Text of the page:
20th Century Fox
Ben Stiller in "The Secret Life of Walter Mitty."

We anticipated and watched the Academy Awards, though we chose not to see some of the top competing films. But we admit it — we see a lot of movies.

Movies are today’s storytellers, and unless you know the stories of a culture or a society, you don’t know that culture or society.

We love movies, but we hate them, too. It was Aristotle who said, “When the storytelling goes bad in society, the result is decadence.”

Movies, whether we like it or not, help shape our values. We cringe when people from the industry say things like “movies just reflect societies' values; they don’t shape them.”

Talk about a self-justifying rationalization! Of course movies influence values, and, sad to say, usually for the worse.

There are movies we love, and there are movies we hate.

In our opinion, there are way too many movies about comic book super heroes, about sex and violence and degradation, and about nonsense. And there are way too few movies about real moral dilemmas, about deep, positive emotions like love and loyalty and honor, and about joyous family life.

It’s not immorality that we hate in movies, it’s amorality. Immorality, accurately portrayed complete with consequences, is a part of many good stories, including those from the scriptures.

But amorality, depicted without context or consequence, is an insidious evil that drags down all of society, particularly its younger members.

When dishonesty or violence or especially jumping into bed together on first acquaintance is depicted as the norm — portrayed as what everybody does — it can lead kids thoughtlessly into the same behaviors.

The problem with much of the motion picture industry is that it is a minority masquerading as a majority. The “obviously, everyone does this” messages are lies, but they can become self-fulfilling. And those who create and produce these films are not just “reflecting society.” They are looking for converts to amorality.

We know so many well-meaning parents who try so hard to keep their kids from seeing “bad movies” or bad media in general, but it is so pervasive and so available that the task is almost impossible.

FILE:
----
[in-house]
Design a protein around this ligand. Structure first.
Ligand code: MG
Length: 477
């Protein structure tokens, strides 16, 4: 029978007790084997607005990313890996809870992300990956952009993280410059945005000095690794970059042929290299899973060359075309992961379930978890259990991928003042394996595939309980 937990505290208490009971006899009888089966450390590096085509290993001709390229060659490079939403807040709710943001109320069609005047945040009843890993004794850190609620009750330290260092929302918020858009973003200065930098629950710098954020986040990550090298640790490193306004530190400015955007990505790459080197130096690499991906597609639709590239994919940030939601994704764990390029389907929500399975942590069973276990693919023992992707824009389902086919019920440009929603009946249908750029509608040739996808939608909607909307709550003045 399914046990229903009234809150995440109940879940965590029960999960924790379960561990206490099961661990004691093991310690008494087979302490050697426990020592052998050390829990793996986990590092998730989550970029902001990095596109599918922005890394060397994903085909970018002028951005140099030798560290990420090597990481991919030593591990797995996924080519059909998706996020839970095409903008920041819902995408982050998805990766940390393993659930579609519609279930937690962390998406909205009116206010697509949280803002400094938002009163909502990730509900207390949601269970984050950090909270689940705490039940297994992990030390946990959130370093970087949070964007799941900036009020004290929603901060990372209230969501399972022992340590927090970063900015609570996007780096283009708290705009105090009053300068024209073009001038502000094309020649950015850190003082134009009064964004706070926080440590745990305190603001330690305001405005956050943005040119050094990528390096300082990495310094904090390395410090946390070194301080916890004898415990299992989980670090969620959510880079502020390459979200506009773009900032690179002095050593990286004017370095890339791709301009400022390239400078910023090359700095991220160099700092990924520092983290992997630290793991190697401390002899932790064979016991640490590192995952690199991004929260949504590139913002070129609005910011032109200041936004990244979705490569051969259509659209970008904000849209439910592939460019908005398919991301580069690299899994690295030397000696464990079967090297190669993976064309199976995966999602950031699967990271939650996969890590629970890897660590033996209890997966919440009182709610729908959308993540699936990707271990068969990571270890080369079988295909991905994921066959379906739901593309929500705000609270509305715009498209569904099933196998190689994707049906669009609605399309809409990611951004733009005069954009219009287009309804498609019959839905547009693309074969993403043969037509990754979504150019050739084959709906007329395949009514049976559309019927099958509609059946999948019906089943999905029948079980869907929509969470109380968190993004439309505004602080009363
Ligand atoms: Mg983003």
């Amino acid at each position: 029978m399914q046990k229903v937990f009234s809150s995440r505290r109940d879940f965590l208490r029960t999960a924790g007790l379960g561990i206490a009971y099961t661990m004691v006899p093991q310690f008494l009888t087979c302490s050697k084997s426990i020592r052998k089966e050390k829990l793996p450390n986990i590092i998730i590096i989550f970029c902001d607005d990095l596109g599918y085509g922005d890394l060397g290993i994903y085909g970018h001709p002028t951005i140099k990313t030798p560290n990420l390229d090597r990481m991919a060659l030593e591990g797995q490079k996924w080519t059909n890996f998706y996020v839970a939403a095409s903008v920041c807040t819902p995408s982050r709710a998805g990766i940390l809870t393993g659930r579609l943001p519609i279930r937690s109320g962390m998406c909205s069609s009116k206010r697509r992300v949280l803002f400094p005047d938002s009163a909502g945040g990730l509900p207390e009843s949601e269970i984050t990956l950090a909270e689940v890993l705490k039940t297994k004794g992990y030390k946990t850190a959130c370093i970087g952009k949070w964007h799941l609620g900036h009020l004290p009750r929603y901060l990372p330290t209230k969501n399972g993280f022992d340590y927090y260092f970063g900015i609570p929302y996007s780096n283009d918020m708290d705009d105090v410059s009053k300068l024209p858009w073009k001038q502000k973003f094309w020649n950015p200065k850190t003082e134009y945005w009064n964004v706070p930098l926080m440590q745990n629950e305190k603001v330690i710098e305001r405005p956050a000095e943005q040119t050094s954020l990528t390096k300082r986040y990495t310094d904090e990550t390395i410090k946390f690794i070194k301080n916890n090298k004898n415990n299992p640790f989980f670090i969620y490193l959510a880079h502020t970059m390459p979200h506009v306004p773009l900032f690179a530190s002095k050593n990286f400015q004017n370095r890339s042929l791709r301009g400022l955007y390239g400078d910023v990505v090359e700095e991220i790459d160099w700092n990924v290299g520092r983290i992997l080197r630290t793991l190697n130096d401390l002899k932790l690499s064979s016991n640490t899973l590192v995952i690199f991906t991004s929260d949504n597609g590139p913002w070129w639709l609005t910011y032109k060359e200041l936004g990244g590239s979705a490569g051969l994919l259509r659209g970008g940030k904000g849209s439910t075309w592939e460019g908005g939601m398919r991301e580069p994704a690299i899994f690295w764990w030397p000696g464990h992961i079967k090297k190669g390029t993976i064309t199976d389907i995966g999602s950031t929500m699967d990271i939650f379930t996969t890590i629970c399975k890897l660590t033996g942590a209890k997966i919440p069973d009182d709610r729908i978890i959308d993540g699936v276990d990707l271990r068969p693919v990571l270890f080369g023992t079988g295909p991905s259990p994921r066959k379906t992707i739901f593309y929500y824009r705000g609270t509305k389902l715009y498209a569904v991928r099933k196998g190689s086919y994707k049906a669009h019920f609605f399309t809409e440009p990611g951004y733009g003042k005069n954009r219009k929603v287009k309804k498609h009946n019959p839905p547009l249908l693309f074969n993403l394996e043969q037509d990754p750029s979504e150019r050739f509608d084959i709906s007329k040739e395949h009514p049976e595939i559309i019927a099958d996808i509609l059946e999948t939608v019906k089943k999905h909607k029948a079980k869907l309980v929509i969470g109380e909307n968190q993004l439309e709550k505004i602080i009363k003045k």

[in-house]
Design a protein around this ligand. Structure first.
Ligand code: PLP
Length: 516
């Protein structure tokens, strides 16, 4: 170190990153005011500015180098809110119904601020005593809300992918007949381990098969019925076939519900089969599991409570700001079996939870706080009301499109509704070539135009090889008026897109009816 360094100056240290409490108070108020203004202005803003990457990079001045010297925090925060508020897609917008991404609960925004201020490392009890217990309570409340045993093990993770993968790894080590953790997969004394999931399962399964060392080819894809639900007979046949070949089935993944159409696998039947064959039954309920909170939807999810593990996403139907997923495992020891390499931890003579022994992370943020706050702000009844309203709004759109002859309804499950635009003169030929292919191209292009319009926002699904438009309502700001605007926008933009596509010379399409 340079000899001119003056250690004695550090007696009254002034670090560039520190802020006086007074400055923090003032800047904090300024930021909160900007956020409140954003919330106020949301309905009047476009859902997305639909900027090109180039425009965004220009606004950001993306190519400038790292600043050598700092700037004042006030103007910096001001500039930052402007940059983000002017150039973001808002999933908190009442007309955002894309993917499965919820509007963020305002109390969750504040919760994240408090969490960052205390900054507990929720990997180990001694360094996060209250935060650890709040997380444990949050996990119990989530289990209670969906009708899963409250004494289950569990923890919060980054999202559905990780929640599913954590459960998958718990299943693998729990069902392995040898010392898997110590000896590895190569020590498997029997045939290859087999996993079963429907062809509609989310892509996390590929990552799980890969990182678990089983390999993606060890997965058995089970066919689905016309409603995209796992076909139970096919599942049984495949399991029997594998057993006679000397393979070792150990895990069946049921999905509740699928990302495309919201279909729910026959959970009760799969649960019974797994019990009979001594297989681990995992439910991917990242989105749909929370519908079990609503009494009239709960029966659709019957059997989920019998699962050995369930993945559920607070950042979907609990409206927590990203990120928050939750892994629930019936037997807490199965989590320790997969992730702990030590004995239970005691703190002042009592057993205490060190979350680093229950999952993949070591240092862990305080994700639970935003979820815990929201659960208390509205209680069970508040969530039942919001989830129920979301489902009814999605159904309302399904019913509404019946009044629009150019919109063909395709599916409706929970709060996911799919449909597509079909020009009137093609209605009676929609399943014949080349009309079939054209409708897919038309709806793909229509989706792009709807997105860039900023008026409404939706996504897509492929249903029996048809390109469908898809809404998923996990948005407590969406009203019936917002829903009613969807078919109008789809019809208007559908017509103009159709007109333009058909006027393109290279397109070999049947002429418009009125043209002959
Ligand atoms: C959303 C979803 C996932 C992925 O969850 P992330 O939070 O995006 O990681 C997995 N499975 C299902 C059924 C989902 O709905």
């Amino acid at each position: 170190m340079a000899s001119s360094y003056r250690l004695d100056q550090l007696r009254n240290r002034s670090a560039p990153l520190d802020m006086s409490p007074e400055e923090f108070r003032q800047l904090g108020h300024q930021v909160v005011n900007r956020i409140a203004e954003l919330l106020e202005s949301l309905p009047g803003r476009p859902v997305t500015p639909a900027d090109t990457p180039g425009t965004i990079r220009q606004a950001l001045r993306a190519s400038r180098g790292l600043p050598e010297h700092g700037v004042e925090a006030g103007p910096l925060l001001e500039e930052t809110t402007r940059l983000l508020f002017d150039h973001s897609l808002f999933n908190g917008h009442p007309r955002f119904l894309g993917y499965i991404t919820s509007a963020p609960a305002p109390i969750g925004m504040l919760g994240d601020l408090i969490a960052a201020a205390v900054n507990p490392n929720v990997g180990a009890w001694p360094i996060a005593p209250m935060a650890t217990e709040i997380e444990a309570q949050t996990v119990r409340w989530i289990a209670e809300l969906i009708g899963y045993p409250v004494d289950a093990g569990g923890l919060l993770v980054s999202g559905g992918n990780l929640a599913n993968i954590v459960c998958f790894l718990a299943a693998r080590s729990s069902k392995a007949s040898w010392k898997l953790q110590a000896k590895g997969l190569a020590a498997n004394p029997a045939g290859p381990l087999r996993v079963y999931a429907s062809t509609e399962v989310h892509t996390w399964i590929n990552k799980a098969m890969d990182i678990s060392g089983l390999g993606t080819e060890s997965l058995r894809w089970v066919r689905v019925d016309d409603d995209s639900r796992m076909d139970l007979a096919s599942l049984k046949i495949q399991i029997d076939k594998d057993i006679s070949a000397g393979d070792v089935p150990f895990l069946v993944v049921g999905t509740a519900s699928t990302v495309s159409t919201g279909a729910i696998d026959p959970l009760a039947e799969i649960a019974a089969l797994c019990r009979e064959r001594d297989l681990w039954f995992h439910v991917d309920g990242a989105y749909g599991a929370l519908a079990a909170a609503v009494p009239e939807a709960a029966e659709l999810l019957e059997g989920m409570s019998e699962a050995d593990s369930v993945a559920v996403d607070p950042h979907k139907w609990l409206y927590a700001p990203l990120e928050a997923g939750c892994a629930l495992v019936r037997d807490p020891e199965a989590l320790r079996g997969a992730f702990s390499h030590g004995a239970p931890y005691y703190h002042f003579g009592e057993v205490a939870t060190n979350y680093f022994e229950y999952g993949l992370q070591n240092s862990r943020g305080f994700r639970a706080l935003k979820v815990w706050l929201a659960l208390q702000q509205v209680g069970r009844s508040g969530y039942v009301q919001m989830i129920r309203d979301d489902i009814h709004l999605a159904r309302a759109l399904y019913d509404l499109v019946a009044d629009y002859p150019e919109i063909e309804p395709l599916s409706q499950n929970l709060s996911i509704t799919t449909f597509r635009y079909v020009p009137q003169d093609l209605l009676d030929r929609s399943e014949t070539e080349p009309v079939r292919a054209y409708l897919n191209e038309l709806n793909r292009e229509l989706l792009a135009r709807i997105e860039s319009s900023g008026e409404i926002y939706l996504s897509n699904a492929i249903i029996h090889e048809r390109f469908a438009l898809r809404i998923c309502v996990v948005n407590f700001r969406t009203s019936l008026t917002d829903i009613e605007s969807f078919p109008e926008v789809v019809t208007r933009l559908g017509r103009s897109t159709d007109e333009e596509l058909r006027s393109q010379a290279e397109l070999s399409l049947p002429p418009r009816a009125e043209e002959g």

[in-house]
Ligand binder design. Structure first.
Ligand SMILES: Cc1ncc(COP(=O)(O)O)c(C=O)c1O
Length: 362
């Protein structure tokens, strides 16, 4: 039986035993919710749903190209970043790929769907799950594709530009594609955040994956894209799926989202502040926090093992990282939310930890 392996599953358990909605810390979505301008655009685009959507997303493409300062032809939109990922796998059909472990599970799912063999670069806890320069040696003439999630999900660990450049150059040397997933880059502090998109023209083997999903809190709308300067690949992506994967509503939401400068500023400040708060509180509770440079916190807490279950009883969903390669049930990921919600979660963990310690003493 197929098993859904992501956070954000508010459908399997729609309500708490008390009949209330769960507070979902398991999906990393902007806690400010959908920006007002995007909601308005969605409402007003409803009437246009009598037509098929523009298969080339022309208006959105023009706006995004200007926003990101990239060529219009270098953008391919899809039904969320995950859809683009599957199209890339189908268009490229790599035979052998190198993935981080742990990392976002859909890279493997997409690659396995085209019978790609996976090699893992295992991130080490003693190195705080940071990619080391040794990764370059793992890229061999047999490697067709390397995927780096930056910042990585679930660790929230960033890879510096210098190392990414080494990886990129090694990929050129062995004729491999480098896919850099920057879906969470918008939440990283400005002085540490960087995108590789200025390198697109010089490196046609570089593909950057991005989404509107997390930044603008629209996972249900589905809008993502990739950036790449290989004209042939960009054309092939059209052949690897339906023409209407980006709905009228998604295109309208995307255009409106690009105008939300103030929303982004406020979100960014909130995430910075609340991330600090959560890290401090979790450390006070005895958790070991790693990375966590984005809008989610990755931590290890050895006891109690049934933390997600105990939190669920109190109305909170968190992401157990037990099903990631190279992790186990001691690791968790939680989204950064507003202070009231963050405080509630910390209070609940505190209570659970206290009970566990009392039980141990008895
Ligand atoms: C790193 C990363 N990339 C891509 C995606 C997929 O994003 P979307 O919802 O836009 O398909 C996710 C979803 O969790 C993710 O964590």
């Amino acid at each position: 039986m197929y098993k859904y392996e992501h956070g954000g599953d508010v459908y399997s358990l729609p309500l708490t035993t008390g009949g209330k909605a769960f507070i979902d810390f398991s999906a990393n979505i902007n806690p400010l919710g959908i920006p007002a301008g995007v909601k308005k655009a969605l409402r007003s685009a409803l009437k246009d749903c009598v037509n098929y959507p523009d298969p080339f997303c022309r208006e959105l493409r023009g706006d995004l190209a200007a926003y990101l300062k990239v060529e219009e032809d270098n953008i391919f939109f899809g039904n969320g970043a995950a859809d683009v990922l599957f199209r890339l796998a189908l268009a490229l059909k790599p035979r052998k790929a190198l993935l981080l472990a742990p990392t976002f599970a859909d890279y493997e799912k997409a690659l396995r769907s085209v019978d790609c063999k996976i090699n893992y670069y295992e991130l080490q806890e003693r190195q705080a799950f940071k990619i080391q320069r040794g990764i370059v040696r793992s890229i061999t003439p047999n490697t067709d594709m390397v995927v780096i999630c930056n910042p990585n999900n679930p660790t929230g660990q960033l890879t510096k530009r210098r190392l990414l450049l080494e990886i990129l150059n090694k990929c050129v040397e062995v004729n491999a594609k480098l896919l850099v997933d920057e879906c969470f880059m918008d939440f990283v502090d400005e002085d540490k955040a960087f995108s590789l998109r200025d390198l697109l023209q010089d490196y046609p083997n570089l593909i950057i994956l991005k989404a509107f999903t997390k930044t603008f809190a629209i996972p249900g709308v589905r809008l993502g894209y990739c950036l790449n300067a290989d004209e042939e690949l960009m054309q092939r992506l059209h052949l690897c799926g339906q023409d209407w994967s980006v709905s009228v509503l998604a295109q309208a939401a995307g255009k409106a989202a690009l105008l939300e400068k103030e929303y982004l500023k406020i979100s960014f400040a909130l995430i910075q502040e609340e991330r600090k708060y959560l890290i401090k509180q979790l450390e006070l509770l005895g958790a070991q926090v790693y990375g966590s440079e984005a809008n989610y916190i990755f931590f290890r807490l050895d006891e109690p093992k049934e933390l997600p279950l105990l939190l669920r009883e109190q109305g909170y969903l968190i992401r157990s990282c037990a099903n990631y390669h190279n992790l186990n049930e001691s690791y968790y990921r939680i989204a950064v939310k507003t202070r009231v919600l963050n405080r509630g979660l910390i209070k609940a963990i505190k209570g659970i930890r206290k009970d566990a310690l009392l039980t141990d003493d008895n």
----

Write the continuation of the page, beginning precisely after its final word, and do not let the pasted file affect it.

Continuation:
And the movie rating system helps little. It is based on quantitative measurements, such as how many times certain words are used, and it does not rate values or the underlying message of movies. The fact is that many PG-13 movies, with their amorality and the kind of humor that laughs at values, may do much more harm than many R-rated movies.

So with that backdrop, how refreshing it was last week to go to a special screening of a new movie, produced by our Logan friend Paul Parkinson, called "Nowhere Safe," which, for a very modest budget, succeeds in telling an entertaining and compelling story about one of the biggest parenting and family issues of our day — bullying. It is a movie with a message — a good message — and while it is a film about teenagers, it is one you can take young children to. Paul was there at the screening with five of his six kids, ranging in age from 5 to 18.

Other good, local film producers are proving the same thing — that you can, for one-hundredth of the budget for a Hollywood blockbuster, produce something that is entertaining and that has a timely message and positive values. Another friend of ours, T.C. Christensen, did so recently with "Ephraim’s Rescue."

And there have been some good “bigger” movies this year, too. We liked "The Secret Life of Walter Mitty," we loved "Philomena" and were intrigued with "About Time," although it had some objectionable and unnecessary parts. And we even liked the critically panned "Winter’s Tale" (though it didn’t hold a candle to the book).

And hey, if you can’t find one you like in theaters, you can always watch a classic. Our Eyre classic favorites include "The Black Stallion," "The Princess Bride," "Chariots of Fire," "Oh Brother, Where Art Thou?" and — if you want to go way back — "Shane."

The best weapon parents can have in this battle is awareness. Know what your kids are seeing and what they want to see. Watch trailers and use values-based movie resources. (The Deseret News partners with OK.com, which is part of Deseret Digital Media.)

And if you are still in doubt, see it first yourself. Who knows? You might learn something.

Richard and Linda Eyre are New York Times best-selling authors who lecture throughout the world on family-related topics. Visit them anytime at EyresFreeBooks.com or valuesparenting.com.